It’s about quality, not quantity
When you are connected to more people than you can stay in touch with, the quality of your network and its potential to help you achieve your objectives is likely to suffer. To keep things under control, make sure you only engage in relevant networking activities, and ensure your online network is populated with people you know and trust.
Give something back to your network
It is important that you add value to your network, as well as derive value from it. Depending on your contacts and their needs, you might be able to introduce people to one another, share relevant articles or pieces of research with them, or invite one of your contacts to attend a networking or industry event with you.
Seek advice and support
If networking makes you feel anxious, or you feel you’re not getting enough from your current approach, it is a good idea to ask a colleague or friend for some advice. They may even be able to accompany you to an event to provide you with some support.
Share your expertise
If you are already a strong networker, you will have a lot of skills and expertise that some of your less experienced colleagues might be able to benefit from. If you know someone who is struggling with networking, why not offer to provide them with some advice, or even informal coaching?
Learn from your experiences
As you network more actively, it is good practice to reflect on the lessons you learn along the way: what works well for you and what might you need to improve? These insights will help you to refine your approach to networking and ensure it continues to be successful and effective.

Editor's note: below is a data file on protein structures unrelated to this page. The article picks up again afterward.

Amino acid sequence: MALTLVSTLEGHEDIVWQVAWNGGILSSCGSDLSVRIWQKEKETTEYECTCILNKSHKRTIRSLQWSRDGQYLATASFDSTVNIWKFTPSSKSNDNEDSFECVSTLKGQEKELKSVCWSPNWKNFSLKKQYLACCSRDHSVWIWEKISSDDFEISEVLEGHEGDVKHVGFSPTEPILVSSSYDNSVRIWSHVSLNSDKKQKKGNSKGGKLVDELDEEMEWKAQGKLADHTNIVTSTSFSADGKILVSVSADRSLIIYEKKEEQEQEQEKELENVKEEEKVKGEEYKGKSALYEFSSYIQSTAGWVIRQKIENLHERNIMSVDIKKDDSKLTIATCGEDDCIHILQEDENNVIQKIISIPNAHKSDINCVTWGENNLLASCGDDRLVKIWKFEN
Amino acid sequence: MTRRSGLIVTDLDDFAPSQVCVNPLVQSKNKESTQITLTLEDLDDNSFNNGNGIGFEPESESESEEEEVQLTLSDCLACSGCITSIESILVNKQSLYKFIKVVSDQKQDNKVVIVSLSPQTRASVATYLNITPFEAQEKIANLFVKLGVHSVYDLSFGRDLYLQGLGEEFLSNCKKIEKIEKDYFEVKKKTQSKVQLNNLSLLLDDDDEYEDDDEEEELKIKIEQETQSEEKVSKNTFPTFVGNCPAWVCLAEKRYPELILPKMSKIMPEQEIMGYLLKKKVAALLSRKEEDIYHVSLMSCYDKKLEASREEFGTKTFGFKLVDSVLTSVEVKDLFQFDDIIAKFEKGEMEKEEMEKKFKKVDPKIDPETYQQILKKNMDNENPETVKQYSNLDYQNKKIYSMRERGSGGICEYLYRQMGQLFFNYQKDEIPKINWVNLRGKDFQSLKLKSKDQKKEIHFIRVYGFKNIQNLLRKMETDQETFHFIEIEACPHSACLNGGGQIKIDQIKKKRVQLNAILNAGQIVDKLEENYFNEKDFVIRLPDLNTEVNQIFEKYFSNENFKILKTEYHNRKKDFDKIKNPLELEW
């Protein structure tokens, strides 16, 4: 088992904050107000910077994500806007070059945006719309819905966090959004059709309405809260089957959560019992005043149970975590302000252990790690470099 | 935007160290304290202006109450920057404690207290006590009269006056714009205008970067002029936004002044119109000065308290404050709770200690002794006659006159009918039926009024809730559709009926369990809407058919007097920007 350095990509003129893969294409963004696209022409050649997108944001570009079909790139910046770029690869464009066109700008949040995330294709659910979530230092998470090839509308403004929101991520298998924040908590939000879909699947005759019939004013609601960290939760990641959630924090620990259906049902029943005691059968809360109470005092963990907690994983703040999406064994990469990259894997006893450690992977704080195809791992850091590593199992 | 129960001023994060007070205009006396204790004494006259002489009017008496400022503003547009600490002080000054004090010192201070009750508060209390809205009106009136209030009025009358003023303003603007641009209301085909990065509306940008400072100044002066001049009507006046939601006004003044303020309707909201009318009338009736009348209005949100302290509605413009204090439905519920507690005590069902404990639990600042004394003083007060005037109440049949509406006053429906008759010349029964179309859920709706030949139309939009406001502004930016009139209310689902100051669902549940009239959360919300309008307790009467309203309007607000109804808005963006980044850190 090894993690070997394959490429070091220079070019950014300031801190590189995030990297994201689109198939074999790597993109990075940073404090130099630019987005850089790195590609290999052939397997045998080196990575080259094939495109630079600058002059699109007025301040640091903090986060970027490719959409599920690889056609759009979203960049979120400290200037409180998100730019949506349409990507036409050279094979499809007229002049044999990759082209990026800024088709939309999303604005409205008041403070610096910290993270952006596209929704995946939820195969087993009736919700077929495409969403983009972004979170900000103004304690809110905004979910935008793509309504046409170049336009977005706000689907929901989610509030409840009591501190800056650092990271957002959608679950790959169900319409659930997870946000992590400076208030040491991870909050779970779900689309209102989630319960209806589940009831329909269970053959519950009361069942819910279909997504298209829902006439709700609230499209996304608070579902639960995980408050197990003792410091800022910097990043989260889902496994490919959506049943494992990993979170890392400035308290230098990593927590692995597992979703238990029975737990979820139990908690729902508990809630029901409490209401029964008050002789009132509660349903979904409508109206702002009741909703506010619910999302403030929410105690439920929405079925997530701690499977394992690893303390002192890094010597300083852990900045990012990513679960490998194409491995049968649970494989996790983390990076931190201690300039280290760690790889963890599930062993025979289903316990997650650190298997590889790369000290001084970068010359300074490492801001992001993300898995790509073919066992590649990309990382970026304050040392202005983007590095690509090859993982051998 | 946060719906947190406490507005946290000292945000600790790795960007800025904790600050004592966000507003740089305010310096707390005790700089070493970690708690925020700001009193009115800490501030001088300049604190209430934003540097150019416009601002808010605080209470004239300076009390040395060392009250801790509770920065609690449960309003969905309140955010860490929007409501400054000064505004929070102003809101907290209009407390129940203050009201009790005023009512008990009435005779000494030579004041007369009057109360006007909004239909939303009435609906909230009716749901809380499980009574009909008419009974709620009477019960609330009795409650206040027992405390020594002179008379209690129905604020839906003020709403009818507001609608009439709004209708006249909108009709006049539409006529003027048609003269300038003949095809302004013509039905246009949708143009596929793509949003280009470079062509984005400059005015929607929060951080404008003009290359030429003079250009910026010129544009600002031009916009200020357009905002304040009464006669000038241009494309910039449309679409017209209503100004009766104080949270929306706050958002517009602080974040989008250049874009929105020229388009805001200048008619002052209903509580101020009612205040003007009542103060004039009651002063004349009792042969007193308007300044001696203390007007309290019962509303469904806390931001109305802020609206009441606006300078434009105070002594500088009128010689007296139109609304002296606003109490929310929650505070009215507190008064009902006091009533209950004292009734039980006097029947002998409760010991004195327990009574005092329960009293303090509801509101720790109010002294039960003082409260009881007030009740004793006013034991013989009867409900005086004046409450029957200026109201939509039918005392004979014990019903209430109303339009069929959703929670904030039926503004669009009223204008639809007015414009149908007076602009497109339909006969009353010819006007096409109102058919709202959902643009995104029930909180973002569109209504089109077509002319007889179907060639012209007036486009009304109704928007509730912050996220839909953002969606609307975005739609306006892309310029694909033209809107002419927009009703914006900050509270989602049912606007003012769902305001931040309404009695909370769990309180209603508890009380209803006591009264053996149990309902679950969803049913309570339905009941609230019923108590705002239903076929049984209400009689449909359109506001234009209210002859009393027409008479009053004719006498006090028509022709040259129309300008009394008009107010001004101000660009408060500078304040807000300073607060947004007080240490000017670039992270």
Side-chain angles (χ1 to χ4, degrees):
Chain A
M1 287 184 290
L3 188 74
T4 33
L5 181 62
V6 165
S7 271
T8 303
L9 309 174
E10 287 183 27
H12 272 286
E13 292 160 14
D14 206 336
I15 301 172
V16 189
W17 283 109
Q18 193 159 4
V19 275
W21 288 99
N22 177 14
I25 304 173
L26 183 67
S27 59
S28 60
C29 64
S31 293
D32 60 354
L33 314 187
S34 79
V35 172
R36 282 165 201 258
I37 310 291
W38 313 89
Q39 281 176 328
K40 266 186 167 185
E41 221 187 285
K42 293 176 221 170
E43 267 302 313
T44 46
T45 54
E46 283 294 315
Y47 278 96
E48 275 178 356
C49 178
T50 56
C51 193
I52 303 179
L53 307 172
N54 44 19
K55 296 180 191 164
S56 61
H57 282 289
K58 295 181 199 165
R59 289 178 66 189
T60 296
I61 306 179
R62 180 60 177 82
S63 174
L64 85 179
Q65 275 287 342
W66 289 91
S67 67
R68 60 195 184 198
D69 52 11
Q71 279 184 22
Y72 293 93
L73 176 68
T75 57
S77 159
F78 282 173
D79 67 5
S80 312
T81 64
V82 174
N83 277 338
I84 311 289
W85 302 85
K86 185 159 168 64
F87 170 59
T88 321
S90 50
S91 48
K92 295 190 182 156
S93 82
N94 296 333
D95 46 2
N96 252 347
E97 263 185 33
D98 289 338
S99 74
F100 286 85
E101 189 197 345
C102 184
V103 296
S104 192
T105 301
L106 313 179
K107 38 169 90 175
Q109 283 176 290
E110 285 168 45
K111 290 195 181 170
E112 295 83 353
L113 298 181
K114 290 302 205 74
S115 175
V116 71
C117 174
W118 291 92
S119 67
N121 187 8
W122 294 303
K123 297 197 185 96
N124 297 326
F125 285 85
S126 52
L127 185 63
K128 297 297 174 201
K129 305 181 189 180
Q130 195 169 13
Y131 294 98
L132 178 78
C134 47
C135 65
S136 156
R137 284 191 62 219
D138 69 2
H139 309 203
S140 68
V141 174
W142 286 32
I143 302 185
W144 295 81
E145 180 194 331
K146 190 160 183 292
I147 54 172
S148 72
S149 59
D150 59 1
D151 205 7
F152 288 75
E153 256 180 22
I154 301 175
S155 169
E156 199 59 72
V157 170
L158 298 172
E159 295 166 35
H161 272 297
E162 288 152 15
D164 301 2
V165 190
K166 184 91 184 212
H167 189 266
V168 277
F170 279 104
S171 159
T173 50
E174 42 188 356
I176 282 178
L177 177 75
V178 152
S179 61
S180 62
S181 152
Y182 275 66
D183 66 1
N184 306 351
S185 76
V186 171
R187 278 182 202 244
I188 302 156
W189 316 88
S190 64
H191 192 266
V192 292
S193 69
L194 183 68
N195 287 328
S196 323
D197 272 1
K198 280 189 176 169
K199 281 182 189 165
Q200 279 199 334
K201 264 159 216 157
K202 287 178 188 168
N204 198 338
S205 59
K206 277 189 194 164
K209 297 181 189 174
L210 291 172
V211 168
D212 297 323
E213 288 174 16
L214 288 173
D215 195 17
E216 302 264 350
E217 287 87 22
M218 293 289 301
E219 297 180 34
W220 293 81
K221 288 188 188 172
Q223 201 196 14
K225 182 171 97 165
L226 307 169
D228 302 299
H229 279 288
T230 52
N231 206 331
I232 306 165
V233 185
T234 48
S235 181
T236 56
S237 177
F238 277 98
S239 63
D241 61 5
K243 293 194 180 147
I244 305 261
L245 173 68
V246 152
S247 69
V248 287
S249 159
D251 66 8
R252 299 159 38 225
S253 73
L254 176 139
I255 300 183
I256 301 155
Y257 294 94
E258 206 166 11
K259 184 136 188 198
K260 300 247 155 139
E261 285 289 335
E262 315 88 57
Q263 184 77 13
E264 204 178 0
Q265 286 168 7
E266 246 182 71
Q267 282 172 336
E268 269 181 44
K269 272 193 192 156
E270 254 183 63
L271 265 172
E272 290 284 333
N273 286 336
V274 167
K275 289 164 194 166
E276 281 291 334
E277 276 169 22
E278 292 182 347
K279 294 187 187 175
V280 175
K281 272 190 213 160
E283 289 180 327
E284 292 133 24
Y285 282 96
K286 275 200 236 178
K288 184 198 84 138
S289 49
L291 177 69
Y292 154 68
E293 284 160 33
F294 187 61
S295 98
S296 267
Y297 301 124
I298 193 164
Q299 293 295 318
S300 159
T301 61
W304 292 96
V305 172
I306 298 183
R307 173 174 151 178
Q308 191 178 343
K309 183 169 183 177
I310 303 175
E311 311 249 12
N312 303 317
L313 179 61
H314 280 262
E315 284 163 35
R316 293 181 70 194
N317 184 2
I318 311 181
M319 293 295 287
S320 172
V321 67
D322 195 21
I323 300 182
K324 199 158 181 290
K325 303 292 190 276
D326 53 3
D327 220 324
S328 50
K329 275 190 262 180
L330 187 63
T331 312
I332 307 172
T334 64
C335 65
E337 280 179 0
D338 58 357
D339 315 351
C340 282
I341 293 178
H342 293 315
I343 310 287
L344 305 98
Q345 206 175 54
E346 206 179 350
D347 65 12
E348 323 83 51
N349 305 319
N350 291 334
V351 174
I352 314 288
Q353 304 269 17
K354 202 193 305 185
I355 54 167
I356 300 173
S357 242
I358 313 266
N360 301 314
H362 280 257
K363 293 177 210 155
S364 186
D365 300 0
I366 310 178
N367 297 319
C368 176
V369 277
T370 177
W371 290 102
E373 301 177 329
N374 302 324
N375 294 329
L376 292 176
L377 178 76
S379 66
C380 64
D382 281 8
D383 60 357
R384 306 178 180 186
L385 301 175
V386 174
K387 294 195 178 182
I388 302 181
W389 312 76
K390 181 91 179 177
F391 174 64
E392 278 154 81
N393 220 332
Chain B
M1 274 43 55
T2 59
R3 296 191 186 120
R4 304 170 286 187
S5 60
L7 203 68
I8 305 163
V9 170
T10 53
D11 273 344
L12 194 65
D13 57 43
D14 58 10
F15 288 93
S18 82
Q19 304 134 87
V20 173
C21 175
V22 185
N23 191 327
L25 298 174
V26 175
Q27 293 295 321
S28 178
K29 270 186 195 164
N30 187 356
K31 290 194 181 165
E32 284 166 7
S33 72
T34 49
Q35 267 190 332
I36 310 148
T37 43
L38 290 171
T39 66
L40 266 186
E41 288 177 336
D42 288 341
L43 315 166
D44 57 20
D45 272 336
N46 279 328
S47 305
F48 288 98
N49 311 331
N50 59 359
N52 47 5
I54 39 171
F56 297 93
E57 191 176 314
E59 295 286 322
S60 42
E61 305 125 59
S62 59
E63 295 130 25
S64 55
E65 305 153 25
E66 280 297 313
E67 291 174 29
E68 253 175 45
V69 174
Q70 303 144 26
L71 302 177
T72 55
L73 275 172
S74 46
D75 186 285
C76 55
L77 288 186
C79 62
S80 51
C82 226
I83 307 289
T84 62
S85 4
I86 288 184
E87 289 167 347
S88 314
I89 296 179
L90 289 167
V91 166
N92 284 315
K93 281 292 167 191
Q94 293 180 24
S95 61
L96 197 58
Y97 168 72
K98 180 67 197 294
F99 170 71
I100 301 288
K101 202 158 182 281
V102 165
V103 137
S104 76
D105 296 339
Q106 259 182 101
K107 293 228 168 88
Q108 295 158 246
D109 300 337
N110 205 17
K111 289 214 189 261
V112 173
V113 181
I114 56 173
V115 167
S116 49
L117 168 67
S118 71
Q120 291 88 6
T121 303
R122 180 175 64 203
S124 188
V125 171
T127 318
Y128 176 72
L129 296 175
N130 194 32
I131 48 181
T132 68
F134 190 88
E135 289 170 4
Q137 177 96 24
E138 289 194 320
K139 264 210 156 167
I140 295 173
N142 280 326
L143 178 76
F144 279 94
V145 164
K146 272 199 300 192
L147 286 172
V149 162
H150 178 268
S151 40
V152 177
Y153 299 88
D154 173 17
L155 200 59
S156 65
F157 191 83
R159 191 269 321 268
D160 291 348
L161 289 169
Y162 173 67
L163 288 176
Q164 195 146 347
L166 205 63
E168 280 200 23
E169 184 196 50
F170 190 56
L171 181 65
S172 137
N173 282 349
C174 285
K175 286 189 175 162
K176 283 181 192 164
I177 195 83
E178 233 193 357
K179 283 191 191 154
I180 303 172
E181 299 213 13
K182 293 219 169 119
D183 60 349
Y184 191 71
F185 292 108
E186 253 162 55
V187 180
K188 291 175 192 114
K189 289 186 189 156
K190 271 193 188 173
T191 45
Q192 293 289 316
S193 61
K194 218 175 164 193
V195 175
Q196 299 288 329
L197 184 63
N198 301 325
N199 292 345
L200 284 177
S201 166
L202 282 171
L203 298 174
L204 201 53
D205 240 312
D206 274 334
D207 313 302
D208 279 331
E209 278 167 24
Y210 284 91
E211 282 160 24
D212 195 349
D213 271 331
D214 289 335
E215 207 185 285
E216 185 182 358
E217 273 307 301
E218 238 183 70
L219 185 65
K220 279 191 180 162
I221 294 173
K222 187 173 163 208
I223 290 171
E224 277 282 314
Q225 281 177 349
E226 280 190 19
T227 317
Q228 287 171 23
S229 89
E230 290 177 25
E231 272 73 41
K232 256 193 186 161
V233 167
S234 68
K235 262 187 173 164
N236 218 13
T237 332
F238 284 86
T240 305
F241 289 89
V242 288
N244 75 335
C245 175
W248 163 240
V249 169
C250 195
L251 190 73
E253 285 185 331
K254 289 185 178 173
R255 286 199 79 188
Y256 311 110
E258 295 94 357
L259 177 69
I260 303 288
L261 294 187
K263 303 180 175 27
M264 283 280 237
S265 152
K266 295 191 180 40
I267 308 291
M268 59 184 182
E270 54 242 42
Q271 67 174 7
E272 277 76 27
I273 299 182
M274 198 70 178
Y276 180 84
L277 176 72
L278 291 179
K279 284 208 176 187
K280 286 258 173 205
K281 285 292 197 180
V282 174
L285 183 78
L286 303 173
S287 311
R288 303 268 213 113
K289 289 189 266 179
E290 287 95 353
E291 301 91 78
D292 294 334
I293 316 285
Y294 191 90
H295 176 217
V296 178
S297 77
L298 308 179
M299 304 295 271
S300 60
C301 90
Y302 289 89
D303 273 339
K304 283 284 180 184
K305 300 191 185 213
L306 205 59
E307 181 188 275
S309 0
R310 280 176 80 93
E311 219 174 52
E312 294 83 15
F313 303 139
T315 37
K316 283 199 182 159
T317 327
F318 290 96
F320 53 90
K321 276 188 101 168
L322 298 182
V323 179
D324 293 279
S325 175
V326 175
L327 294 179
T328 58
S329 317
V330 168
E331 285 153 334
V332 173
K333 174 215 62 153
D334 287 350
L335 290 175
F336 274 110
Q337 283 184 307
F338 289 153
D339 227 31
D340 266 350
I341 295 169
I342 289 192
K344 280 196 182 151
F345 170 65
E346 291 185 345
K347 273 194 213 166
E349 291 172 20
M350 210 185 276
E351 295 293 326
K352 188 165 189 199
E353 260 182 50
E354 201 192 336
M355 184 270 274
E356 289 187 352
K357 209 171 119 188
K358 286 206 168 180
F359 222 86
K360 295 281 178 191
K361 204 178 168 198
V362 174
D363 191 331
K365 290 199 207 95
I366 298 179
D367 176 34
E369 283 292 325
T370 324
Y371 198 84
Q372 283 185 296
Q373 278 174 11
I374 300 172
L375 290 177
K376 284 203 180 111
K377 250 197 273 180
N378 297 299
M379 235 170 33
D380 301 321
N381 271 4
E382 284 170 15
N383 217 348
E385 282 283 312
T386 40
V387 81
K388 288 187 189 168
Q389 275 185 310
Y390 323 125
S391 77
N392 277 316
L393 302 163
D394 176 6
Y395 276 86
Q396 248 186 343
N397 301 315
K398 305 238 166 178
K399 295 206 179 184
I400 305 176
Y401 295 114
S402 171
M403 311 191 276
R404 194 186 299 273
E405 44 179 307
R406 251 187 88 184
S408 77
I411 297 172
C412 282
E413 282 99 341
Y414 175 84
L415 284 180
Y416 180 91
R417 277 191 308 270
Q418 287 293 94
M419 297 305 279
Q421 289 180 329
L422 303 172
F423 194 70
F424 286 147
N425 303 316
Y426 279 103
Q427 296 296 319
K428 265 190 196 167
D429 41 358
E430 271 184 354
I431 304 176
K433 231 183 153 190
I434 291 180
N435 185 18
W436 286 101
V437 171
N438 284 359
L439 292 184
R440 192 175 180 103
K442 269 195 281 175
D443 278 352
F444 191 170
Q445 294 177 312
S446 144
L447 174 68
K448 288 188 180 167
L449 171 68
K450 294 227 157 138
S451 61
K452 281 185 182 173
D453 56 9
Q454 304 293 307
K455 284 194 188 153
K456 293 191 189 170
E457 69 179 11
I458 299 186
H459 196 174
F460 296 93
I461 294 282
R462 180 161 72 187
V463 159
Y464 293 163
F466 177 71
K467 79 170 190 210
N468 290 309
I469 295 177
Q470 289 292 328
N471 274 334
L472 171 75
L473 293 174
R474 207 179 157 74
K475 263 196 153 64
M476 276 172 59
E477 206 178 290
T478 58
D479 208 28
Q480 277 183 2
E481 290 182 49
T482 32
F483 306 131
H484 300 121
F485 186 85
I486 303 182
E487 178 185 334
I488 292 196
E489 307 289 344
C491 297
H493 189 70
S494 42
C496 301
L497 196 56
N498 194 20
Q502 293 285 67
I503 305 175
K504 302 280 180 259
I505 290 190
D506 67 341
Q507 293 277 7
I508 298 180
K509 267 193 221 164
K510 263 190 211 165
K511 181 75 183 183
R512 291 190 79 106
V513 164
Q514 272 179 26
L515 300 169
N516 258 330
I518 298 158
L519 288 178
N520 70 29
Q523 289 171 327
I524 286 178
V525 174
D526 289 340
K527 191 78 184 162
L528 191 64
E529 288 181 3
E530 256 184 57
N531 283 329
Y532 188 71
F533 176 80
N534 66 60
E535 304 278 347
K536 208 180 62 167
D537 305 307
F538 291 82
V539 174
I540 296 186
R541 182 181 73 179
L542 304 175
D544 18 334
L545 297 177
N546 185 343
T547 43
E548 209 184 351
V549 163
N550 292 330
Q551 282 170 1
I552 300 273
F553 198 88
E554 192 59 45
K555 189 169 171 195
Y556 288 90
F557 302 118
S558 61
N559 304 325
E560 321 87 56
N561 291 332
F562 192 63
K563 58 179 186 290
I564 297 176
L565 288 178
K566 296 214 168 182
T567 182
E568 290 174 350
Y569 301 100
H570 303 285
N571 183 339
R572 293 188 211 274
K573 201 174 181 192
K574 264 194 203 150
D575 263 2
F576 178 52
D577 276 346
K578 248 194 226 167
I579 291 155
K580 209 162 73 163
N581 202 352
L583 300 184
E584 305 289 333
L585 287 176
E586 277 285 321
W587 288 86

Remember: Networking is marketing. Marketing yourself, marketing your uniqueness, marketing what you stand for.
Additional reading you might enjoy;
- How To Be A True Servant Leader?
- How To Be A Better Leader In 2021?
- How To Be An Emotionally Intelligent Leader?
- The Friday Bitesize
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- Why Leaders Need To Stop Pushing Themselves Too Hard
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- How A Great Leader Inspires Purpose In People
- How A Strong Leader Plans For Success?
- How To Develop Your Emotional Intelligence As A Leader?
- 7 Quick Ways To Make Happy Employees As A Leader.
- Toxic Leadership, How To Not Fall In The Trap?
- How To Survive As A Retail Leader In 2020?
- How To Be An Expert Listener? Tips A Great Leader Can’t Do Without
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- How True Leaders Inspire? 5 Principles You Absolutely Need
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- Why Is Image So Important ? How To Create A Powerful Brand
- Does Your Leadership Style Scare Your Employees?
- How To Successfully Implement And Sustain Change
- How To Delegate For Success And Empowerment?
- How To Network Effectively? Tips That Will Make You Shine
- How To Lead In Tough Times? 4 Amazing Principles
- How To Influence Upwards
Hi! I`m Chris Webb, I live in the South East and started Leaders Retail Consultancy in 2019. Before freelancing, I was a senior retail leader for a number of the UK’s top retailers gaining experience over 23 glorious years. When I am not coaching I enjoy spending time with the family or in the gym.